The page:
Archaeology isn’t quite like they show it in the movies or on Time Team. Of course, we all wish we could just walk into an area, feel the wind, and know exactly where a site is but unfortunately it doesn’t work like that (and we usually have more than 3 days if excavations are happening too)!
Last summer during my excavation at Ferryland, there were quite a few moments that started out feeling as if we’d found something very dramatic, which quickly dissolved into mild disappointment and sighs. But that’s archaeology right? If you’re doing a project that is looking for something, rather than trying to see what was happening in general, then there are going to be a lot of empty test pits. This one wasn’t empty though…
“We’re looking for graves!”
It always sounds very exciting to visitors and volunteers alike, and that is how I start off talks to tour groups at the site when they stop by to visit. But peoples’ eyes tend to glaze over a bit when I break the news that I’m not looking for burials with the intent of exhuming the remains. Rather, I’m looking for evidence of the grave shafts themselves (gravestones would be a bonus too), in the form of soil features, to build a better understanding the the spatial relationship between the burial ground and the settlement at Ferryland. I study burial landscapes, basically, and I’m looking for rectangles of sediment that are different than the surrounded sub-soil. Different in this case might mean colour, makeup, texture, inclusion %, or even just sound against the trowel.
During week 1 of the 2016 excavation, we opened two trenches. The first was 1m x 3m and contained the usual mess of 17th-century – 21st century objects all mixed up together. At the bottom there was a post hole and post mould, visible in the subsoil, with a piece of a pipe stem in between the two features which could date it to the late 17th century.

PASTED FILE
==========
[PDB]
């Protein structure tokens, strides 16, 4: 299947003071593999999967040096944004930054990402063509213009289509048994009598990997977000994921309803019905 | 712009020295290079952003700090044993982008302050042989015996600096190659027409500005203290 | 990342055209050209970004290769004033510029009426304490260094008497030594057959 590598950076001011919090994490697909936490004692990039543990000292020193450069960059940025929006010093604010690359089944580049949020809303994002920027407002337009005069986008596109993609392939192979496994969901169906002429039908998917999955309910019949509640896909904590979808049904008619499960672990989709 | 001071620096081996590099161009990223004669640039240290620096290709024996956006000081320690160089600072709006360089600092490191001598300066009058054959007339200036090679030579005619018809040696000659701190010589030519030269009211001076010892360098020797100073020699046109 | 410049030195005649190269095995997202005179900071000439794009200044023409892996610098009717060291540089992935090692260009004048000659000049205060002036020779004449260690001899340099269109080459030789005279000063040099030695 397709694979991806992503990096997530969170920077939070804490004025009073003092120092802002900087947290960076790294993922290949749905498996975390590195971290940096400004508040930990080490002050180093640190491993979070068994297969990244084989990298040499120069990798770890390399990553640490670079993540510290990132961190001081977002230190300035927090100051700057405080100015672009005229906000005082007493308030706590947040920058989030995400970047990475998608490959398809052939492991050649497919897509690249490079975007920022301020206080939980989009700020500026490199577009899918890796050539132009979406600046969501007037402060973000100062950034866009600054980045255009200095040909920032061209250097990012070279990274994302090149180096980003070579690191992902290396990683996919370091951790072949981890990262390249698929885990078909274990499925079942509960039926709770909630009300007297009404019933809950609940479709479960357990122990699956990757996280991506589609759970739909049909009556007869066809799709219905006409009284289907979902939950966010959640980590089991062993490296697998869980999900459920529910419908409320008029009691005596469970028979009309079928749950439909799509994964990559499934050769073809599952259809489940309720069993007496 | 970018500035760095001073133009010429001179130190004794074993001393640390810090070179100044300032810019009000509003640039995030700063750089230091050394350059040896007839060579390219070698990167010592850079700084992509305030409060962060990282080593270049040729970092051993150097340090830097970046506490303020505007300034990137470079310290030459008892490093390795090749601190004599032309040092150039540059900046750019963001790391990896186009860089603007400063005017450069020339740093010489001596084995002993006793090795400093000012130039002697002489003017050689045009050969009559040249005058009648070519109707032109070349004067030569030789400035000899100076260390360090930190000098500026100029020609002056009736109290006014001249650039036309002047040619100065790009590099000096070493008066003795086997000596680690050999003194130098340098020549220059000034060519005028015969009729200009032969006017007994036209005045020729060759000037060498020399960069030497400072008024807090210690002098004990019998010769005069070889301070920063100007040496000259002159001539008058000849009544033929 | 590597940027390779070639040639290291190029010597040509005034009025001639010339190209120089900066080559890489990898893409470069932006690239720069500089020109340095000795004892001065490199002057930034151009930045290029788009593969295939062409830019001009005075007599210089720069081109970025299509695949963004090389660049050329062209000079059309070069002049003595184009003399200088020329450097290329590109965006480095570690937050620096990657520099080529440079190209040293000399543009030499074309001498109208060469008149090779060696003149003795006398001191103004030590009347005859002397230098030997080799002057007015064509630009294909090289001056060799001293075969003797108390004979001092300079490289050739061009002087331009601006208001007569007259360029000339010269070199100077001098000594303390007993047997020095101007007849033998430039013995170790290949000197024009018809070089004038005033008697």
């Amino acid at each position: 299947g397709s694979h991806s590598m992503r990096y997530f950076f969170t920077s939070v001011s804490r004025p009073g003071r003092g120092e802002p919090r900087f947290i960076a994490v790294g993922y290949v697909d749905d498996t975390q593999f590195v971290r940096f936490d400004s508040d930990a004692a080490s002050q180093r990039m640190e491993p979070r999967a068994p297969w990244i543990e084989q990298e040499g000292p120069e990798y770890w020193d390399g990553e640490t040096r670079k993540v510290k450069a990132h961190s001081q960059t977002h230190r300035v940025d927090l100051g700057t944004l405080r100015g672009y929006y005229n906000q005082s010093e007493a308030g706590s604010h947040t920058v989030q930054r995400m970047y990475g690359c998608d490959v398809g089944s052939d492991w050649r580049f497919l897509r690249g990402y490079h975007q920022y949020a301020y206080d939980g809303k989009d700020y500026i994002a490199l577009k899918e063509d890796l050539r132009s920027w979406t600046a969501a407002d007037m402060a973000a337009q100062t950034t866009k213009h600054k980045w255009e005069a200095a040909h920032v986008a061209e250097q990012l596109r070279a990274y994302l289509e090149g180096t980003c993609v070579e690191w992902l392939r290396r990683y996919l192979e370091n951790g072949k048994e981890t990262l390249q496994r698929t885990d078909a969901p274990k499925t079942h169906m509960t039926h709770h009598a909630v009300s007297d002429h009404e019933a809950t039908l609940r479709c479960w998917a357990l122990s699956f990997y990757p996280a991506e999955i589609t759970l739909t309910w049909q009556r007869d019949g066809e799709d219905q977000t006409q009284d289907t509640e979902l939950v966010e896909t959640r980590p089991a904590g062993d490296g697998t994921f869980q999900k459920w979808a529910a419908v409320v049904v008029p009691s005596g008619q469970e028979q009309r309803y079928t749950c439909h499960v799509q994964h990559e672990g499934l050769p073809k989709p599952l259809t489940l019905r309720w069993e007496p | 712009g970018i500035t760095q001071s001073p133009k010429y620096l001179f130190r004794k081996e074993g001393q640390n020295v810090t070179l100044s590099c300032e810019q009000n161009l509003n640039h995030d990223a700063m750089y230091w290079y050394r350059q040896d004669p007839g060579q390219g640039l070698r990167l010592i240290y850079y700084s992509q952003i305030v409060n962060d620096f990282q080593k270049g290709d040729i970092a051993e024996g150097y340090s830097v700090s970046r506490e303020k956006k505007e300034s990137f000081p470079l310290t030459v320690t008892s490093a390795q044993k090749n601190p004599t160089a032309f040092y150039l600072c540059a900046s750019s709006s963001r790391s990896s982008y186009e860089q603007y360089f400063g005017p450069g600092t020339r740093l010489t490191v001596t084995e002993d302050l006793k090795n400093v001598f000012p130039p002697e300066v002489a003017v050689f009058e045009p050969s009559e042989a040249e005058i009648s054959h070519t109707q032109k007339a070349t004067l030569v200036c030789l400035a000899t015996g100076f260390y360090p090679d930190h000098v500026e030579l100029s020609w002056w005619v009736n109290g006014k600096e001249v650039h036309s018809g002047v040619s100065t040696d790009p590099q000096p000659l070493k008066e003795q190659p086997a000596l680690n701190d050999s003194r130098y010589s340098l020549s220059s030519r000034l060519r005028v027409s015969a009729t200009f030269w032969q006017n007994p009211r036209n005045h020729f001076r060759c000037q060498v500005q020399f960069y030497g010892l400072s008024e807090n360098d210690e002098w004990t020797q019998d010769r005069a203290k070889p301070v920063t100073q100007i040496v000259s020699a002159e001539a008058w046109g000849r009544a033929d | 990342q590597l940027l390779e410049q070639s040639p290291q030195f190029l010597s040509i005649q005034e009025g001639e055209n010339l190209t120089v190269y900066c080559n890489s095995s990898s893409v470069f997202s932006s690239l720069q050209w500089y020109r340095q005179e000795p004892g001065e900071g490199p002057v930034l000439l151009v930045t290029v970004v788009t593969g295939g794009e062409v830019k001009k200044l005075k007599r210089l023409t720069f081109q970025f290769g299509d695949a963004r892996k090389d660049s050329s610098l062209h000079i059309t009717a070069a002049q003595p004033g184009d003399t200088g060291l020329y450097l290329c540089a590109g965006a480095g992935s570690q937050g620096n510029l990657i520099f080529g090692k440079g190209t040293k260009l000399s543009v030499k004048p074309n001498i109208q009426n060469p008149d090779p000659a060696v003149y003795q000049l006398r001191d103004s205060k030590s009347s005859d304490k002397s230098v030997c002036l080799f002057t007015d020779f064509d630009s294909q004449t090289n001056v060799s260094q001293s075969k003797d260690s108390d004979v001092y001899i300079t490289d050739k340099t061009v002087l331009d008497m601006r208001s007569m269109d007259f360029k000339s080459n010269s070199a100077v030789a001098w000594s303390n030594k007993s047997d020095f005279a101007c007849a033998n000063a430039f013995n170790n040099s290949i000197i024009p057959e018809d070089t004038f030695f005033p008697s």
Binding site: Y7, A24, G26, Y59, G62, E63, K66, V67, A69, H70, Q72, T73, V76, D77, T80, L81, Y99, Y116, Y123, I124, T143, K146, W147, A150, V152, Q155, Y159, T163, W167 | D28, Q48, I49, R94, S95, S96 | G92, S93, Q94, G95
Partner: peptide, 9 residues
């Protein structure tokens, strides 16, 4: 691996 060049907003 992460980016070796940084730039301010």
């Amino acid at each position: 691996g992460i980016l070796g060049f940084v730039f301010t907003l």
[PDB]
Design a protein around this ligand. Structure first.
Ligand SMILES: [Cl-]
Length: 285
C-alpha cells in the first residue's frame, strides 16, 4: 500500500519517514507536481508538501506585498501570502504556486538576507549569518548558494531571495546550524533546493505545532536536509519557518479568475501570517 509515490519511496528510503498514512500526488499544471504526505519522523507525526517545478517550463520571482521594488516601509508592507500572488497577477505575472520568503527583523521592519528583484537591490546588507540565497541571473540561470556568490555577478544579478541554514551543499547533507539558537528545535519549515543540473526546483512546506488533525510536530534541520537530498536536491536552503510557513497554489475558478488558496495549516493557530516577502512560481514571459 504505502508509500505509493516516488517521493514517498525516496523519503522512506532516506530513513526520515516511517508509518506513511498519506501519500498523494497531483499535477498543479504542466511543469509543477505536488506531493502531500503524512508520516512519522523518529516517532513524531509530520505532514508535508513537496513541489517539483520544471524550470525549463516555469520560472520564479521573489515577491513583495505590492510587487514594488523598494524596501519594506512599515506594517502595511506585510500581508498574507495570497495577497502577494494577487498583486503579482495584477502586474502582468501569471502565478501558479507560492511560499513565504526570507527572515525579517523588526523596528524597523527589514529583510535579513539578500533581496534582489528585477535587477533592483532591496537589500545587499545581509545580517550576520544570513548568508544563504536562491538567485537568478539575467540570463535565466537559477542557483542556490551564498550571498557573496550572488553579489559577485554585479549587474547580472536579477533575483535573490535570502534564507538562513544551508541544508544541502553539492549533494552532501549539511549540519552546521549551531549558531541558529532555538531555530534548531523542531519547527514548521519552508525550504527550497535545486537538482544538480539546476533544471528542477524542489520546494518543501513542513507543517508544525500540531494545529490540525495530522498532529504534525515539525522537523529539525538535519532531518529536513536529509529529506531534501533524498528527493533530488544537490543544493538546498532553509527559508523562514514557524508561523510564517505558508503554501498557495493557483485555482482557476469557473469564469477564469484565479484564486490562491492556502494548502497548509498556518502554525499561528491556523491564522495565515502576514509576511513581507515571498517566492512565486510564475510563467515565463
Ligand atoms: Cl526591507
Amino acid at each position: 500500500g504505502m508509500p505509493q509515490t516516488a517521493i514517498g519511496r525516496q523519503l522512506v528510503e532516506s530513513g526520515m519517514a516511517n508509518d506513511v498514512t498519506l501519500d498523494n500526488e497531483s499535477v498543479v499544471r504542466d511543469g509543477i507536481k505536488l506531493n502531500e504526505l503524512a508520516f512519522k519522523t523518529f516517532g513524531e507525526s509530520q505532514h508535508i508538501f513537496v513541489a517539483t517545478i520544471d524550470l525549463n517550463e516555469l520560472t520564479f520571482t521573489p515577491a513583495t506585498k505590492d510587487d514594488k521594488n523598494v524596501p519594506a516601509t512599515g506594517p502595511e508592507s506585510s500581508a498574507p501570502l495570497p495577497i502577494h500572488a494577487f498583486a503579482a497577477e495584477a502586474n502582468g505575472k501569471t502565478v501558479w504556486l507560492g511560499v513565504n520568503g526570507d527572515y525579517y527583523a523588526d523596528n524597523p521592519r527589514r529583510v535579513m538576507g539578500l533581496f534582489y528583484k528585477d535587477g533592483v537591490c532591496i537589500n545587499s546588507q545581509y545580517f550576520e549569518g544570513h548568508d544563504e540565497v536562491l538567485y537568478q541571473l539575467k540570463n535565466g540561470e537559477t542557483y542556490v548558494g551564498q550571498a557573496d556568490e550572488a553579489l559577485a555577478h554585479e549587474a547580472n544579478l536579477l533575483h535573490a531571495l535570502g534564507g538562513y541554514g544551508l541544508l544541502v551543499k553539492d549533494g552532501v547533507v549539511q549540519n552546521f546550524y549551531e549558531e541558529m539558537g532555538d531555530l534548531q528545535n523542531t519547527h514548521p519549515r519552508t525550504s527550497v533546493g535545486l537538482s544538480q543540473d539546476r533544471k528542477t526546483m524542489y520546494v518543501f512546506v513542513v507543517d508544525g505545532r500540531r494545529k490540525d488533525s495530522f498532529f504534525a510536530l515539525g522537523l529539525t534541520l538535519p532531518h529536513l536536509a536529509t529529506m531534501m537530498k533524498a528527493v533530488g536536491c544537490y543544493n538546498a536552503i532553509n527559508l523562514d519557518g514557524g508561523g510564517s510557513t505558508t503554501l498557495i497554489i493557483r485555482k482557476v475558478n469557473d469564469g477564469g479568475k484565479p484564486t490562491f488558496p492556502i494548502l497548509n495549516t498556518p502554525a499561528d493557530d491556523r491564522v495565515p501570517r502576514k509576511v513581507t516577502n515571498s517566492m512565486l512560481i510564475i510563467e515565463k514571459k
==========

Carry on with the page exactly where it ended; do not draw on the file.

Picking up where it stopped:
This was a great find within the first 2 days of the dig because it showed my volunteers what kind of soil changes we were really looking for, and definitely helped establish a goal. It’s really fun to work with people who are in the field for the first time too, and I felt like I got a lot better at explaining my research and why certain things are done as a result.
We opened a second trench on day 3 of week 1 because my volunteer team were digging machines! This trench, dug through a vicious patch of Japanese Knotweed that I’d had to cut several times already before we got to the excavation stage, was 1m x 4m and had almost no topsoil. This whole area, between the modern kitchen garden and the eastern defensive ditch, had long been speculated as the location of the burial ground and is even drawn on an interpretive sign in that location, so it had to be the first place I looked, right?